Working to protect our kiwi

Department of Conservation —  09/06/2015

Last week the Minister of Conservation announced details about how the latest Budget funding will help turn around the decline of kiwi.

Today, we shine a spotlight on some of the people who work with kiwi…

Jerome Guillotel, Biodiversity Ranger

Jerome Guillotel holding a kiwi.

Jerome Guillotel

When was the first time you saw a kiwi? What was it like?

The first time I saw a kiwi was at the Coromandel Moheau Kiwi Sanctuary in 2002. I was completely blown away.

Having taken hundreds of different people kiwi catching since then, I can safely say that we all react the same way to such an encounter.

We all feel humbled and privileged to be in contact with such a unique, iconic and rare animal. That’s why kiwi are very good for advocacy—they certainly don’t make people indifferent.

Do you have a favourite kiwi species?

My favourite species has to be the one I have been working with for the last ten years at Tongariro, the brown kiwi.

The fact that I have been interacting with a lot of birds—from hatching to breeding—and seen several generations surviving the successive waves of predators, has created in me some sort of one-way bond with the kiwi (they actually don’t feel the same at all) and has given me the will to represent them favourably to the wider community. 

Why do kiwis need our help?

The kiwi population is still declining nationwide, to the point that the next generation of people might be living in a world where species such as kiwi are creatures of the past. This is serious matter, as the diverse and complex web of life that makes our world so enjoyable and fascinating to live in, is quickly eroding. We can already sense the loss of biodiversity in our forests that are not managed; we need to act urgently.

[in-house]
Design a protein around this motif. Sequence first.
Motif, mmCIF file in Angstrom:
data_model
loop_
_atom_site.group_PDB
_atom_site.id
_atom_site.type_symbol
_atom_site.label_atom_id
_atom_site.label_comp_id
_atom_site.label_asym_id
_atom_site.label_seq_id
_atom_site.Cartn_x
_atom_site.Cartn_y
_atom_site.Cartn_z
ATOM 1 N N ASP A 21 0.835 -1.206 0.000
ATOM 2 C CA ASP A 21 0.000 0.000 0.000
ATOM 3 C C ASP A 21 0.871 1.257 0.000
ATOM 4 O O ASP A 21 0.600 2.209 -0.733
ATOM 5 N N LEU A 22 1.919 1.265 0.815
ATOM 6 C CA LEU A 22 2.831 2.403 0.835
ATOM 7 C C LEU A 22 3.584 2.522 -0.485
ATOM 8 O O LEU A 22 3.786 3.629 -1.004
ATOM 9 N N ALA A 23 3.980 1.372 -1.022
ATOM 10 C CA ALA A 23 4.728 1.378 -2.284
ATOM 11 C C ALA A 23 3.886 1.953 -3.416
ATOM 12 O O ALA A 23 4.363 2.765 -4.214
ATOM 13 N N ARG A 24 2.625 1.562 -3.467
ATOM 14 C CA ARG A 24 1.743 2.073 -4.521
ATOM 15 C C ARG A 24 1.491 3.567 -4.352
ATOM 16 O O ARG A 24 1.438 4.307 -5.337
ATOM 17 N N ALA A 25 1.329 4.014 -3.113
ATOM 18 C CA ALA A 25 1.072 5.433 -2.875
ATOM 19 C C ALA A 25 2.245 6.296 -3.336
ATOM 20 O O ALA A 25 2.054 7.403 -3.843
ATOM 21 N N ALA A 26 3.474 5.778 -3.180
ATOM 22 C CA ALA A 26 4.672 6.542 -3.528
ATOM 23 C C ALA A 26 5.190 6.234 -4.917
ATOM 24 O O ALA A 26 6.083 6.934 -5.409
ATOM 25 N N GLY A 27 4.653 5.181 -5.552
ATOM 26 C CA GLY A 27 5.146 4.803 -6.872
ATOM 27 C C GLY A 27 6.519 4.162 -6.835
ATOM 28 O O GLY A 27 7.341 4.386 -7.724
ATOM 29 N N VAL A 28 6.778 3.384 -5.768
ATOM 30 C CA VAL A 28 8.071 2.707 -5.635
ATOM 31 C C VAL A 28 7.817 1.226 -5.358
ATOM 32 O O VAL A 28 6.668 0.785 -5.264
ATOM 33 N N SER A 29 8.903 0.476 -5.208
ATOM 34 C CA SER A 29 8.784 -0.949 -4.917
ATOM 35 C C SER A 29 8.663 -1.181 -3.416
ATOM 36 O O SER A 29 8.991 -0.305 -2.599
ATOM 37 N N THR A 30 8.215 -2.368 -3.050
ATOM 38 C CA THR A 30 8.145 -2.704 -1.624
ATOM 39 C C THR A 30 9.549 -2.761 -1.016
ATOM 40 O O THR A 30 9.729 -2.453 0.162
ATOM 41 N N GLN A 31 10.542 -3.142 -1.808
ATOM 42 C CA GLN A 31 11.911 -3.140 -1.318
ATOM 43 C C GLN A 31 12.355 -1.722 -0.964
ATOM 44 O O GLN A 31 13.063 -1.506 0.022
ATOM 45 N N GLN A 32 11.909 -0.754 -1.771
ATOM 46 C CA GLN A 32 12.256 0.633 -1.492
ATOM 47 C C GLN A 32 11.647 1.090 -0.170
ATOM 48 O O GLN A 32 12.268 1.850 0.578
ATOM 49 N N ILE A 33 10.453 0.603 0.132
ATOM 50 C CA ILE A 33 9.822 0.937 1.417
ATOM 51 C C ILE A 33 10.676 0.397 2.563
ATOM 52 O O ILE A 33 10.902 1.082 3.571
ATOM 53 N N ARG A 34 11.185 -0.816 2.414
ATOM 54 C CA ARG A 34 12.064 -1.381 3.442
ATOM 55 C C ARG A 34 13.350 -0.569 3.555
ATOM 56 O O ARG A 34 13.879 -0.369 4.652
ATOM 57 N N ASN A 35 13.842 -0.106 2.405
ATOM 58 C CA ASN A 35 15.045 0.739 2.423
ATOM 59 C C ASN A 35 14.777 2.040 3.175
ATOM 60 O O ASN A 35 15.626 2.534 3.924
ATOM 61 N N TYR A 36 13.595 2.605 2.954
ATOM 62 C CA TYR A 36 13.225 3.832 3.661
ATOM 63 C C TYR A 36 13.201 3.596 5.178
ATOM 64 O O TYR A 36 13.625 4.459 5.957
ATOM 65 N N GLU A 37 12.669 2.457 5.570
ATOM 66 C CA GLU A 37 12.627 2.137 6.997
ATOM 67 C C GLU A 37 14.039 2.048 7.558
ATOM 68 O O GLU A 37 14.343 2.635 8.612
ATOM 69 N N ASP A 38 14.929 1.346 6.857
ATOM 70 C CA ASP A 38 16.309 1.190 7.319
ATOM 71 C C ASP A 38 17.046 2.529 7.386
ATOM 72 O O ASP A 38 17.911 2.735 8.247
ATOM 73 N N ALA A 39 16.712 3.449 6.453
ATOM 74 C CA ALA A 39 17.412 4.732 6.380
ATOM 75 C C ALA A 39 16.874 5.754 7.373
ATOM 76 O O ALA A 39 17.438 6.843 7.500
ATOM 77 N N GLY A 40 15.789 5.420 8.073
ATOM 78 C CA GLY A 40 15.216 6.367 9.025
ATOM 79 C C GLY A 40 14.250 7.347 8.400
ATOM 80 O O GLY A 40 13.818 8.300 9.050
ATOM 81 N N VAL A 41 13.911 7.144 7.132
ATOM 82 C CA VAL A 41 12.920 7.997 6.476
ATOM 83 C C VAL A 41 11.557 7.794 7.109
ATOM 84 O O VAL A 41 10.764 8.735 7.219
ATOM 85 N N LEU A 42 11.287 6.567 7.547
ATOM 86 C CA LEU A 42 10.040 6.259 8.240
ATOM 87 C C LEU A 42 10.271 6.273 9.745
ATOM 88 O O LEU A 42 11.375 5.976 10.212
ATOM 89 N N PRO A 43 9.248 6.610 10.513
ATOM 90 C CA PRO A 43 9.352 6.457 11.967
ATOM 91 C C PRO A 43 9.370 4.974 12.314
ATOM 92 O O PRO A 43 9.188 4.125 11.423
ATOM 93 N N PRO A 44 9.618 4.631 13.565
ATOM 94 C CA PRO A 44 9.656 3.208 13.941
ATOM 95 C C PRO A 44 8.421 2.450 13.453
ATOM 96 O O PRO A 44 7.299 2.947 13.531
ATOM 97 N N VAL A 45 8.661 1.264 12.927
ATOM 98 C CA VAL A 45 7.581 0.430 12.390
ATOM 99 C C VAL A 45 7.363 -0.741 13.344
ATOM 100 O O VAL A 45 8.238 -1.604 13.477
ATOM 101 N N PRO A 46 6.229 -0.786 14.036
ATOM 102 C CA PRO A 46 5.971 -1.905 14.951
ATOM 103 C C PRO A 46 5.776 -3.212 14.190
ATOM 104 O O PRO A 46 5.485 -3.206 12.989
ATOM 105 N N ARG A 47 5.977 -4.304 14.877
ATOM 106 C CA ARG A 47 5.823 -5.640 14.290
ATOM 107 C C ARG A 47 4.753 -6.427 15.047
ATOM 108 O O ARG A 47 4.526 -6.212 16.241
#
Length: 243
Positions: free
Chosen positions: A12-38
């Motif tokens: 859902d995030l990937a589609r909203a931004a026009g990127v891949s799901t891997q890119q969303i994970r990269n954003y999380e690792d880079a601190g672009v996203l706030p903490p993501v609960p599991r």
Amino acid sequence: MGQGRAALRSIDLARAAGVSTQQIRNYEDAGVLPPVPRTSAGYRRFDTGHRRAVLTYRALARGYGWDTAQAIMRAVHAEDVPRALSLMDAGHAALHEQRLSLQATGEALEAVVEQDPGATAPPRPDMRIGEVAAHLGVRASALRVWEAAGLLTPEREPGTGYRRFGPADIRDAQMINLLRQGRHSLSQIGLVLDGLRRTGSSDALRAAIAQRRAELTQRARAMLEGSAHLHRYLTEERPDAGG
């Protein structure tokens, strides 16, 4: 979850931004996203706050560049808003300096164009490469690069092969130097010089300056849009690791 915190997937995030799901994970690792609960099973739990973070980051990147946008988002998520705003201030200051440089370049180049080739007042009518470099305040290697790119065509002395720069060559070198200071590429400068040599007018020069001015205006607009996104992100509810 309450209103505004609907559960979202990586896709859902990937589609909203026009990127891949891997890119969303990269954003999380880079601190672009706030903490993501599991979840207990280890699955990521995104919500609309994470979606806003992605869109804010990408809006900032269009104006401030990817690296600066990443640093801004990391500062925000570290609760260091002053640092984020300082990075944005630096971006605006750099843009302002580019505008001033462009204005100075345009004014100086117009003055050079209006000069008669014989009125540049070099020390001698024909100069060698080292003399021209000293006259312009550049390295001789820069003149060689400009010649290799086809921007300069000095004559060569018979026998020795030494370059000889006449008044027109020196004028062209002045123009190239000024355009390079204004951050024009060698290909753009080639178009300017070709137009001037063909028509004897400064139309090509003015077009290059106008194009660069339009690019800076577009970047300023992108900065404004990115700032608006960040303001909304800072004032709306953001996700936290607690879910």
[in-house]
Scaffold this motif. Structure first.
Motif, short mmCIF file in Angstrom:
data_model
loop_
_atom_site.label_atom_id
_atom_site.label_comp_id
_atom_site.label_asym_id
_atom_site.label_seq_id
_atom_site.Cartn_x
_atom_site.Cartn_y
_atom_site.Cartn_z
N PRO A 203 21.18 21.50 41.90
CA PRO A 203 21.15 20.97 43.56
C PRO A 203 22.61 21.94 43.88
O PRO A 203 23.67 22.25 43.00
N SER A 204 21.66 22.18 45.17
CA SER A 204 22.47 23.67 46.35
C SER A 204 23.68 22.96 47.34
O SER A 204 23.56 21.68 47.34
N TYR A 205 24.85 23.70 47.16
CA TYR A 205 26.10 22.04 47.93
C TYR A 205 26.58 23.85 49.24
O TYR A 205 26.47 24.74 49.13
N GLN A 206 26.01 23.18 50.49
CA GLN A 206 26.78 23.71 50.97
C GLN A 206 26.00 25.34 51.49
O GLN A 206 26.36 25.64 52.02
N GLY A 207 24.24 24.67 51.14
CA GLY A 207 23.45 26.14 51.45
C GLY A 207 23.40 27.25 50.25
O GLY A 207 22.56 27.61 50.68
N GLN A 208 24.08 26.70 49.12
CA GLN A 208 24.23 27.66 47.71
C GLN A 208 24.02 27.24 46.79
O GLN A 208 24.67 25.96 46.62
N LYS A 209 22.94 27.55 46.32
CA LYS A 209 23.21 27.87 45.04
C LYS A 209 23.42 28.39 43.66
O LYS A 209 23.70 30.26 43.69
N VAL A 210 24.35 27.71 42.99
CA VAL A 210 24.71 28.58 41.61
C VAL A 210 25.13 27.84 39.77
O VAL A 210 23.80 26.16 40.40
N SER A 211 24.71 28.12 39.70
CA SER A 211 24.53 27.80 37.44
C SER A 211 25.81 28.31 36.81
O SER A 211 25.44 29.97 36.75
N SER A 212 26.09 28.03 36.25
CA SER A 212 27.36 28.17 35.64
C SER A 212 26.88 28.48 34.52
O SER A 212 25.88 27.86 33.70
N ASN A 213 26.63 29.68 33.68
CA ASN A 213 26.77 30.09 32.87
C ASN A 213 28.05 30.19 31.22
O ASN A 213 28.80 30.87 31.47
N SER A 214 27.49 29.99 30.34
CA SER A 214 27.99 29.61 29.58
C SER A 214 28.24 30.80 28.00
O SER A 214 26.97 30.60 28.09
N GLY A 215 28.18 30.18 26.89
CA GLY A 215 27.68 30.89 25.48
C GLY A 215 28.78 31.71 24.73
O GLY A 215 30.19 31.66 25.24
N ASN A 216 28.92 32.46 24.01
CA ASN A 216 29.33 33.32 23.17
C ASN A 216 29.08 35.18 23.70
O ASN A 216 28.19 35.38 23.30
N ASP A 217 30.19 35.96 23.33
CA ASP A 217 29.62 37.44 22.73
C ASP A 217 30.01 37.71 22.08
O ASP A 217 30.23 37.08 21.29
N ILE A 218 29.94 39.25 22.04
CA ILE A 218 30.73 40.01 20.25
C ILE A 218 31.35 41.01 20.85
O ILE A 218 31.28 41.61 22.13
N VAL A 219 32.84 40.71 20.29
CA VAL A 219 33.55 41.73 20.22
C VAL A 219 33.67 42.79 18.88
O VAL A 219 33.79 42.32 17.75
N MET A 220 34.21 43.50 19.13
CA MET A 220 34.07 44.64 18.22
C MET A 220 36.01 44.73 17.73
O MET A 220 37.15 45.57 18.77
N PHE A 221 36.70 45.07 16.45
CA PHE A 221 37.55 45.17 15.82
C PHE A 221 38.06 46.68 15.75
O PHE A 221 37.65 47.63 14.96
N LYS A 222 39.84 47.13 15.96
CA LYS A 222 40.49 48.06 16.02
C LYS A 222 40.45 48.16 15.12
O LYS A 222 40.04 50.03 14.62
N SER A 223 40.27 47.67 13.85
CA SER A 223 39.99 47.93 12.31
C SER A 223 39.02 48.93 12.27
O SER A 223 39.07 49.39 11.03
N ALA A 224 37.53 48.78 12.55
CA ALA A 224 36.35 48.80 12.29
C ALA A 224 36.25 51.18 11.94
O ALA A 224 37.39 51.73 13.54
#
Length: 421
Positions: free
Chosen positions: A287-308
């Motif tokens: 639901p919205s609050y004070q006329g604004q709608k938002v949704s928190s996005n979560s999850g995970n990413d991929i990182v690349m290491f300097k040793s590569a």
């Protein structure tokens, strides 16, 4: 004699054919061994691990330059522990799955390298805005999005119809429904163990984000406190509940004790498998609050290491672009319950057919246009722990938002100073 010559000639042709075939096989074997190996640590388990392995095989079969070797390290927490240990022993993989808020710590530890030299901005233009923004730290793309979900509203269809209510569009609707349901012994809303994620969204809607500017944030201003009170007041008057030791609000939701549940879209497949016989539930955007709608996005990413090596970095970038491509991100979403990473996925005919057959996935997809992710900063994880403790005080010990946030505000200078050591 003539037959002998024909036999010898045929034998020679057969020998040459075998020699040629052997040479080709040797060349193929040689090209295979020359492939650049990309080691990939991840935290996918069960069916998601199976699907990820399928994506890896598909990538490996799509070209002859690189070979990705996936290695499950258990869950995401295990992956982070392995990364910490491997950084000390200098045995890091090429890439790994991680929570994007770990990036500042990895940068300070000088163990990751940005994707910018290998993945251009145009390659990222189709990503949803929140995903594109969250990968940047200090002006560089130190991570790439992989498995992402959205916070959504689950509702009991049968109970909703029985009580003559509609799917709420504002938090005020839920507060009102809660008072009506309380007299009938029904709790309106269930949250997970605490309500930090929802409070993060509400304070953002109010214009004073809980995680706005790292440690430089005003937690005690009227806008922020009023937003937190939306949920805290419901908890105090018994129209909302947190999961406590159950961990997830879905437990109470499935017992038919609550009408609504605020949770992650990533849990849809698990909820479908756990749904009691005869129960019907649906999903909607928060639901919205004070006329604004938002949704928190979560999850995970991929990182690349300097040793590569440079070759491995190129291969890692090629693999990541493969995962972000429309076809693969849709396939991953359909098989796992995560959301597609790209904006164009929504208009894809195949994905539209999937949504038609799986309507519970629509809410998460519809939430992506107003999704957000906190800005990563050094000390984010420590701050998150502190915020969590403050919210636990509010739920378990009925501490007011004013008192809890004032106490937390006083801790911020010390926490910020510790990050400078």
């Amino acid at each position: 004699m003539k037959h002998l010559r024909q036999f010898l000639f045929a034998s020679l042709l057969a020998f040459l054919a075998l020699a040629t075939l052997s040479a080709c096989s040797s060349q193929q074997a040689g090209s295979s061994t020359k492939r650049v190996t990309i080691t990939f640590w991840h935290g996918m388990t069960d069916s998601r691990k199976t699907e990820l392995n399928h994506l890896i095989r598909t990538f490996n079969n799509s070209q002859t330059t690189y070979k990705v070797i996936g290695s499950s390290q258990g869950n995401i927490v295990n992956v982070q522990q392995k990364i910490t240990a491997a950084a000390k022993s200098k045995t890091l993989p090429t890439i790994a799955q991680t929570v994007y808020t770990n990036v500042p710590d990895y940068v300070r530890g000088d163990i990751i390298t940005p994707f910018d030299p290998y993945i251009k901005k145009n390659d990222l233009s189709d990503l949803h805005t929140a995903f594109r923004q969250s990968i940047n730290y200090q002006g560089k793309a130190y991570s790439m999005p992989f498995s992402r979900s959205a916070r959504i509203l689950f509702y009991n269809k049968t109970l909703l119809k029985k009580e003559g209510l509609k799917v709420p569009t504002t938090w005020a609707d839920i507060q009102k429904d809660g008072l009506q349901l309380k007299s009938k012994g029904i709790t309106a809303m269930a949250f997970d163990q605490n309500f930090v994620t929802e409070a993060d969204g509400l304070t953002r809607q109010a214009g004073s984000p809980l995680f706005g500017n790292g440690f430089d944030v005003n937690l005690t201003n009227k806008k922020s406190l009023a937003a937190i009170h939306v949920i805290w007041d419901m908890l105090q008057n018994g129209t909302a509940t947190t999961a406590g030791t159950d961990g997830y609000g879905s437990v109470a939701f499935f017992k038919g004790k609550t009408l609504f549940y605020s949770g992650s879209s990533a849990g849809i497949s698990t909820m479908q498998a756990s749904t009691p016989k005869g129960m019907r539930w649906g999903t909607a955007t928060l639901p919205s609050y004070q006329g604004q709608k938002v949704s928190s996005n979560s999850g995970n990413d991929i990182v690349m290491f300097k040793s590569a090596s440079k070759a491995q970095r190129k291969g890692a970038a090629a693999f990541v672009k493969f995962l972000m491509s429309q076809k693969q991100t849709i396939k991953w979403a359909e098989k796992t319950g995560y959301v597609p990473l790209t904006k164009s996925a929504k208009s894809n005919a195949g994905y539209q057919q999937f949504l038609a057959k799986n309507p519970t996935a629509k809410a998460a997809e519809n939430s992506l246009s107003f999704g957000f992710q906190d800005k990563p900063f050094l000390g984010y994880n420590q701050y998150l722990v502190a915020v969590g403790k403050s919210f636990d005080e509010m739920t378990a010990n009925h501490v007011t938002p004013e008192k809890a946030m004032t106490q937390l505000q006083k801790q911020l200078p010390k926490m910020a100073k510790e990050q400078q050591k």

What’s a highlight from your work with kiwi?

It’s a highlight whenever I do releases or capture missions with schools or members of the community. I feel their support and encouragement and this inspires me and makes me feel good about what we do.

What’s the best way to see a kiwi?

The best way to see a kiwi is to go to an area where kiwi are known to live! Hide behind a bush near a track and wait patiently, at dusk, for a very long time—perhaps forever at Tongariro, but maybe not for too long in Northland (people see them in their backyard) or Stewart Island/Rakiura (they can be seen during the day).

Generally speaking, it would be preferable to tap into the local knowledge or contact a kiwi practitioner who could take someone along for the ultimate kiwi adventure!

Hugh Robertson, Principal Science Advisor

Hugh Robertson holding a kiwi. Photo © Sabine Bernert.

Hugh Robertson

When was the first time you saw a kiwi? What was it like?

When I was six I thought I found a kiwi in a macrocarpa tree, but it was a possum!

When tramping the Heaphy Track, aged 10, I heard kiwi calling for the first time at Gouland Downs Hut and was told that we were hearing two species; however, I have since learned that the different calls were from males and females.

My first kiwi sighting came later in the trip near the Heaphy Hut.

Do you have a favourite kiwi species?

Little spotted kiwi—the smallest species—and the one I have had most to do with during translocations to various island refuges and to Zealandia.

Why do kiwis need our help?

Kiwi are being hammered by introduced predators: dogs, ferrets, stoats and cats all take their toll. Unmanaged populations are declining rapidly, but now that we have identified the problem and have effective tools for managing them, all critical populations are increasing.